The pressure regulators 20, 21 adjust the flows to the two fuel cell stacks so that at rated power, both fuel cell stacks get the same amount of fuel, including the flow of fresh and recycle fuel through the ejector to the first stack and the flow of exit fuel from the first stack to the second stack. The pressure regulator 14 provides hydrogen at its output at about 200 kPag (30 psig). The pressure regulators 20, 21 provide hydrogen at about 18 kPag (2.6 psig) and at about 16 kPag (2.3 psig), respectively.

The ejector 34 is designed to choke at a flow rate which results from flow at the pressure of fuel at the outlet of the pressure regulator 14. Whenever the load on the fuel cell stack increases, additional hydrogen is consumed causing the pressure of hydrogen in the conduits 23, 27 to decrease, which is communicated through the conduits 22, 26 to the pressure regulators 20, 21, which open somewhat to provide more fuel. The additional fuel, however, does not pass through the ejector 34, but rather passes along the conduit 19, through the pressure regulators 20, 21 and conduits 22, 23, 26, 27 to the inlets 24, 28 of the anode flow fields of the stacks 25, 29. Similarly, a reduction in the load on the fuel cell power plant will cause less hydrogen to be consumed, so the pressure of hydrogen in the conduits 23, 27 will increase, which is communicated to the pressure regulators 20, 21, causing them to close somewhat and reduce the amount of hydrogen provided to the conduits 19, 22, 23, 26, 27.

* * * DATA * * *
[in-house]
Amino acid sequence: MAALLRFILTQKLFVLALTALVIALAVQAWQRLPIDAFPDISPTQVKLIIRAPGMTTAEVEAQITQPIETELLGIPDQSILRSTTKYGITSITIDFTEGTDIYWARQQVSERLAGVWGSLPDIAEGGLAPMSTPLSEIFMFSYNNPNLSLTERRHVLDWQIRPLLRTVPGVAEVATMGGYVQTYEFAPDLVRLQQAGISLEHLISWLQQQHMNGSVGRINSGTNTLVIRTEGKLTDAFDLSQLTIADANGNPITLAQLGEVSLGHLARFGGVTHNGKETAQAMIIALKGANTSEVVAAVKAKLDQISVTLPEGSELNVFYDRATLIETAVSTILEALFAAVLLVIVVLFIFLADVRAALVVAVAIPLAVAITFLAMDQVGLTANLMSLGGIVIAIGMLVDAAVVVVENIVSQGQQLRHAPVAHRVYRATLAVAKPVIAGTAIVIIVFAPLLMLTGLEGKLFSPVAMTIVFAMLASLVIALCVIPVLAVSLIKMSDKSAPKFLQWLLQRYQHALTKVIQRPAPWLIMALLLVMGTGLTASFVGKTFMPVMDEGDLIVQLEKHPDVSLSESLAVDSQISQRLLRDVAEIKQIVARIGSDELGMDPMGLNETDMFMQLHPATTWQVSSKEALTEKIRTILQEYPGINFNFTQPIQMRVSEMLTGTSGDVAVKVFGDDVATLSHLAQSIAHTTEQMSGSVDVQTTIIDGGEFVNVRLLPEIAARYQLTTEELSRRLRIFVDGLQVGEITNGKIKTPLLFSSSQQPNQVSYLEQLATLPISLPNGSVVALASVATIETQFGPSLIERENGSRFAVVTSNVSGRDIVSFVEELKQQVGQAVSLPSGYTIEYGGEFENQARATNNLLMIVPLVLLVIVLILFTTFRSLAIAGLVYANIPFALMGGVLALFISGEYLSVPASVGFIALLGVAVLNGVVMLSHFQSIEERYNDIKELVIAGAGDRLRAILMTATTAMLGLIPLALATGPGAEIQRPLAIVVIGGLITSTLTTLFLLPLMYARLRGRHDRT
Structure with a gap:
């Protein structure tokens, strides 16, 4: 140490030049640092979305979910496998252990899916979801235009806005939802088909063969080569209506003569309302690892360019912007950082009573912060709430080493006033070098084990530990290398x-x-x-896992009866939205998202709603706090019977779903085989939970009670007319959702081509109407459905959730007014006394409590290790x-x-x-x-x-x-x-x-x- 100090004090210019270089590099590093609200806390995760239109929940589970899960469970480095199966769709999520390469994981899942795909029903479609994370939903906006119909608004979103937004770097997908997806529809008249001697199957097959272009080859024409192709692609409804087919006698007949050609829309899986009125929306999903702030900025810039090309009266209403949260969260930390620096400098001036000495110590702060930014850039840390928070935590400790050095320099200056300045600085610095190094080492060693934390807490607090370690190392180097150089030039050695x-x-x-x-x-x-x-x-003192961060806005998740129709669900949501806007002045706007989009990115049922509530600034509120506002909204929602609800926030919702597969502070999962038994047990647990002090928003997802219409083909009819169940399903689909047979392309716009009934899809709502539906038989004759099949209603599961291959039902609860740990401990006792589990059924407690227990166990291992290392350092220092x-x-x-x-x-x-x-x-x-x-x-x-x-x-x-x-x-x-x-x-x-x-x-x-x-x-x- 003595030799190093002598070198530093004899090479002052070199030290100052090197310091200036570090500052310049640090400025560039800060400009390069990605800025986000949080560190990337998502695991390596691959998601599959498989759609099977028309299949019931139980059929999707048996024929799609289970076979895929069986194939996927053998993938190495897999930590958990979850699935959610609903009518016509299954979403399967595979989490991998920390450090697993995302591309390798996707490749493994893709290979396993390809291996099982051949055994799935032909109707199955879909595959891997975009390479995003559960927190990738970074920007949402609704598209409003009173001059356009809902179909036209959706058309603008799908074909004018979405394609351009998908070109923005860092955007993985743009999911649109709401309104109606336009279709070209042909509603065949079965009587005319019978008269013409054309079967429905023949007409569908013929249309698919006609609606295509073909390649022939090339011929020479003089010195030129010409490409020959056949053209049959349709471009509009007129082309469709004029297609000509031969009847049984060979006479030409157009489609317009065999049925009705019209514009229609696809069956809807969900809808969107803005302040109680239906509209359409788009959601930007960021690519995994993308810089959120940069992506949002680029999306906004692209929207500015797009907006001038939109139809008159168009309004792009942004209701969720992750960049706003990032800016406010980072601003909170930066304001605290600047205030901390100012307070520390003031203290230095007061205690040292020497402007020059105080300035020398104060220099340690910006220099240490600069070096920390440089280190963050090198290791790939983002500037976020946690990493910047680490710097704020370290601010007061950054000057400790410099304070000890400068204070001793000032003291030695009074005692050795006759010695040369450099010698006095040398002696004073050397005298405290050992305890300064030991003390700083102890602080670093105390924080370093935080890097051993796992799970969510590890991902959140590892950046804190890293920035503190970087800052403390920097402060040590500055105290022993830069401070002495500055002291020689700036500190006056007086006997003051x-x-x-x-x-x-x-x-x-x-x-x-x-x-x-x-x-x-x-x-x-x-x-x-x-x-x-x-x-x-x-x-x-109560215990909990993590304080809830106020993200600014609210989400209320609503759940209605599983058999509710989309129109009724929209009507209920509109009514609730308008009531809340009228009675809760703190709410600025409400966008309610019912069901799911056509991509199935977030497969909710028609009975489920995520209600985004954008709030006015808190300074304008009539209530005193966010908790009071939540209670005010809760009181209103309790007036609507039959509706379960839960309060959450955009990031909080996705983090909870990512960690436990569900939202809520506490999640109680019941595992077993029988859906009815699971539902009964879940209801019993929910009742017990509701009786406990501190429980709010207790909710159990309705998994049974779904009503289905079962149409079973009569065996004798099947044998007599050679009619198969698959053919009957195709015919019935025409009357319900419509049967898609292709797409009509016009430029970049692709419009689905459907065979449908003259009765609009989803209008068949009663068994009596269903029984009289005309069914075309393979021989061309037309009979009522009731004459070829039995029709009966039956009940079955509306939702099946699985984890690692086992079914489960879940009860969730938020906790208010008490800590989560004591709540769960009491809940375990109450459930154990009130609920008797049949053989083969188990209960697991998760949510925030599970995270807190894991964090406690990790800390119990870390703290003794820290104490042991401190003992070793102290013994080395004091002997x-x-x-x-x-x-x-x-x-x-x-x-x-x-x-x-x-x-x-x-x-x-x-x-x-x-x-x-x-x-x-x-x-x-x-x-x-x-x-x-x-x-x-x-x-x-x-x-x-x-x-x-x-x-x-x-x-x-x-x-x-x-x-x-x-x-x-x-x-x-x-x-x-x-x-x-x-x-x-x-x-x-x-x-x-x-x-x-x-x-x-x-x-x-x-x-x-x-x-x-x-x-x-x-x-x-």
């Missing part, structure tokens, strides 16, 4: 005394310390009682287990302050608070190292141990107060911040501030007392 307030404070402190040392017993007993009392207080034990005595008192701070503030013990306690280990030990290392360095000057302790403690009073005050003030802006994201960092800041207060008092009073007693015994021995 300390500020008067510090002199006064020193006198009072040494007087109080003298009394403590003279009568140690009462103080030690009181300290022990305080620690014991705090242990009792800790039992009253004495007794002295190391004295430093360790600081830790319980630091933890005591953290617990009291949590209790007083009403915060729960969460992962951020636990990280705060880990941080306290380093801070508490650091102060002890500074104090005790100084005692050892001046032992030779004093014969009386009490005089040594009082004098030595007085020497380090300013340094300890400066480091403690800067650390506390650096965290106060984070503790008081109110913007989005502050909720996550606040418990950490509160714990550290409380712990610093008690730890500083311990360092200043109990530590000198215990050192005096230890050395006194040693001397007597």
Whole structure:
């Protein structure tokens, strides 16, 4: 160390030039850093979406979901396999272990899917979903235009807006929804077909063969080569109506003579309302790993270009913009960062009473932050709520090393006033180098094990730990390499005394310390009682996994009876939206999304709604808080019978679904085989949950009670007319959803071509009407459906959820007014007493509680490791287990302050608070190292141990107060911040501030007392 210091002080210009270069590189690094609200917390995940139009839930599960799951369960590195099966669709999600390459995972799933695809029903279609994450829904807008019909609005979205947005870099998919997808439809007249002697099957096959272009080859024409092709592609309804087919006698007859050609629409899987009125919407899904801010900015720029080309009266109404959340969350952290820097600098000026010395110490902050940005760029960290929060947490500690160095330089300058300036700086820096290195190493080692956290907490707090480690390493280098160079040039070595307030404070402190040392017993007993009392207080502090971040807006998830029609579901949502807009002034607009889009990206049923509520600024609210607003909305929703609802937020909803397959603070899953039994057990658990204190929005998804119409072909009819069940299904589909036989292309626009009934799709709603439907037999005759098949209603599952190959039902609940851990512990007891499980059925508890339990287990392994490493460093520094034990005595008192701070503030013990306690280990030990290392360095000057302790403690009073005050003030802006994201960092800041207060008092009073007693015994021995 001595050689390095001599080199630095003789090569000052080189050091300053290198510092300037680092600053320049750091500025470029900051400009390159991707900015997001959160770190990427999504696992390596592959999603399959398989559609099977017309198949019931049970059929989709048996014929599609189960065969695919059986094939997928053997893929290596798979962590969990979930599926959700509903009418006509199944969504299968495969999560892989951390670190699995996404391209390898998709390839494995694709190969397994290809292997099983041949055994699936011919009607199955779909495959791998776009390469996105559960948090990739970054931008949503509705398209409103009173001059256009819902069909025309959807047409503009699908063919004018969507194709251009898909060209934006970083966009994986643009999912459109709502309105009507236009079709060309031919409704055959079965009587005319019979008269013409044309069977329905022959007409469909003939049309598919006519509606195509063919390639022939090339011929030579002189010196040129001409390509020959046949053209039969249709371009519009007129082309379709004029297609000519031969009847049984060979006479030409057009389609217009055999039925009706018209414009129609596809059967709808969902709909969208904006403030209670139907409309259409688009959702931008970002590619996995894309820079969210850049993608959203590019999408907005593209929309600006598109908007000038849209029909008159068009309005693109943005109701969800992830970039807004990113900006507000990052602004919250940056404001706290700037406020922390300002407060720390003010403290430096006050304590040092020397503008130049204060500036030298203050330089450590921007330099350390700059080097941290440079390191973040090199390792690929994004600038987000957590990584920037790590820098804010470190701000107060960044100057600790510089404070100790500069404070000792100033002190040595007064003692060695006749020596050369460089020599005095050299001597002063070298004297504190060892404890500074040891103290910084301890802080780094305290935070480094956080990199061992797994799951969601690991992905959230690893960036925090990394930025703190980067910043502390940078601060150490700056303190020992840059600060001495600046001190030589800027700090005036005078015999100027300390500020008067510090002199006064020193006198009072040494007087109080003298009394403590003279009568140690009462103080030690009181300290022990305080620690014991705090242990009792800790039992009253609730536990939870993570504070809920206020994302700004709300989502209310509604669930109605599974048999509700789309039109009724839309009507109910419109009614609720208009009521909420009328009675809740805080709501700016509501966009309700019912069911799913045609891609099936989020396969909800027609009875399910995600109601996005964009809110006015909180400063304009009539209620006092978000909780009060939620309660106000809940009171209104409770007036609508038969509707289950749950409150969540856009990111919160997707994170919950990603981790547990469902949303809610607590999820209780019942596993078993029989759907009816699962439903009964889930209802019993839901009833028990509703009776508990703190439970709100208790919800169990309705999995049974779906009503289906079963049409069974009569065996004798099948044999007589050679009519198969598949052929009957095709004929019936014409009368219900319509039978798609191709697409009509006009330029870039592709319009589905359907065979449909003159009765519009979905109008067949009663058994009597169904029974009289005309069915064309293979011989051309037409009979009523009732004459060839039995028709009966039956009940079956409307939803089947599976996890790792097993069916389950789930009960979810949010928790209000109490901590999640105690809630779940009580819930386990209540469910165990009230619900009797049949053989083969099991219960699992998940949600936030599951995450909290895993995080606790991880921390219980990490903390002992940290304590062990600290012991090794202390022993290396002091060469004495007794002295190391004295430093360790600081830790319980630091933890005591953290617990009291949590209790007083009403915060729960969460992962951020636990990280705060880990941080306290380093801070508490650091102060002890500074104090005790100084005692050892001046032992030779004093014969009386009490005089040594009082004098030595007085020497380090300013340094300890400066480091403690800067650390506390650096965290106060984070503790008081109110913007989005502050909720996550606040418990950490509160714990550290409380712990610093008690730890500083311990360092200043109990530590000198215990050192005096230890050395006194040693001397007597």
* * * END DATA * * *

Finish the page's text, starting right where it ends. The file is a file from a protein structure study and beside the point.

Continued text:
At minimum power, the pressure regulators 20, 21 are closed; all flow of fresh fuel into the fuel cell power plant is through the primary inlet 33 of the ejector 34; all fuel to the second stack 29 comes from the first stack outlet 43. The ejector is designed to provide, with the minimum fuel flow at its primary inlet 33, sufficient recycle fuel through its secondary inlet 35 so that the total fuel flow through the stacks 25, 29 will avoid fuel starvation.

Series fuel flow from stack-to-stack is an ideal way to maximize fuel utilization. However, without some amount of by-pass flow around the first stack in a series stack configuration, such as the pressure regulator 21 and conduit 26, higher first-stack inlet pressures are required. The higher pressures require that the recycle pumps must deliver their required flow at higher pressures. This means these pumps consume more parasitic power. Additionally, the resulting higher first-stack inlet flow rates can increase the likelihood of inlet membrane dryout at the fuel inlet resulting in membrane degradation. However, the invention may be employed in a fuel cell power plant having a plurality of stacks in serial fuel flow relationship with all fresh fuel being fed only into the first stack (e.g., no fuel bypass).

FIG. 2 illustrates fuel flow in the various conduits, in moles, fuel consumption, in moles, and fuel utilization, percent. FIG. 2 assumes that at 100% of rated power, 100 moles of fresh hydrogen will be provided and that at 5% of rated power, 5 moles of fresh hydrogen will be provided. This, of course, is simply illustrative of the fractional flows and consumptions. Operation of the fuel cell power plant of FIGS. 1 and 2 achieves about 98%-99% fuel utilization at any power level.